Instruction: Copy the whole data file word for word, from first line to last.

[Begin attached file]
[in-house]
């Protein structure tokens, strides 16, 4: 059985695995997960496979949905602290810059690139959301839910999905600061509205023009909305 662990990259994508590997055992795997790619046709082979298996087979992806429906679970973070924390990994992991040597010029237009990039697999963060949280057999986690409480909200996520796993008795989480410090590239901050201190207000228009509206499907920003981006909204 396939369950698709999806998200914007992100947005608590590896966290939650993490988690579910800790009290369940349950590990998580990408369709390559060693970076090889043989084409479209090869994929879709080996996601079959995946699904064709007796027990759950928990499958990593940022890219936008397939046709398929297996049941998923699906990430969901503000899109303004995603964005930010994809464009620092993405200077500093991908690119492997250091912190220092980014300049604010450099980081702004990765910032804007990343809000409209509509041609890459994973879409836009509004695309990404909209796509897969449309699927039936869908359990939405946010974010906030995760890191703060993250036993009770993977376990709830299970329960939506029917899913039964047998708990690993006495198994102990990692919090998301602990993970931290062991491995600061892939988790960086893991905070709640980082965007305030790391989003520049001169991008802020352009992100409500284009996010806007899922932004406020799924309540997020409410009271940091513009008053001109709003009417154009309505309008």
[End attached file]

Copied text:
[in-house]
């Protein structure tokens, strides 16, 4: 059985695995997960496979949905602290810059690139959301839910999905600061509205023009909305 662990990259994508590997055992795997790619046709082979298996087979992806429906679970973070924390990994992991040597010029237009990039697999963060949280057999986690409480909200996520796993008795989480410090590239901050201190207000228009509206499907920003981006909204 396939369950698709999806998200914007992100947005608590590896966290939650993490988690579910800790009290369940349950590990998580990408369709390559060693970076090889043989084409479209090869994929879709080996996601079959995946699904064709007796027990759950928990499958990593940022890219936008397939046709398929297996049941998923699906990430969901503000899109303004995603964005930010994809464009620092993405200077500093991908690119492997250091912190220092980014300049604010450099980081702004990765910032804007990343809000409209509509041609890459994973879409836009509004695309990404909209796509897969449309699927039936869908359990939405946010974010906030995760890191703060993250036993009770993977376990709830299970329960939506029917899913039964047998708990690993006495198994102990990692919090998301602990993970931290062991491995600061892939988790960086893991905070709640980082965007305030790391989003520049001169991008802020352009992100409500284009996010806007899922932004406020799924309540997020409410009271940091513009008053001109709003009417154009309505309008």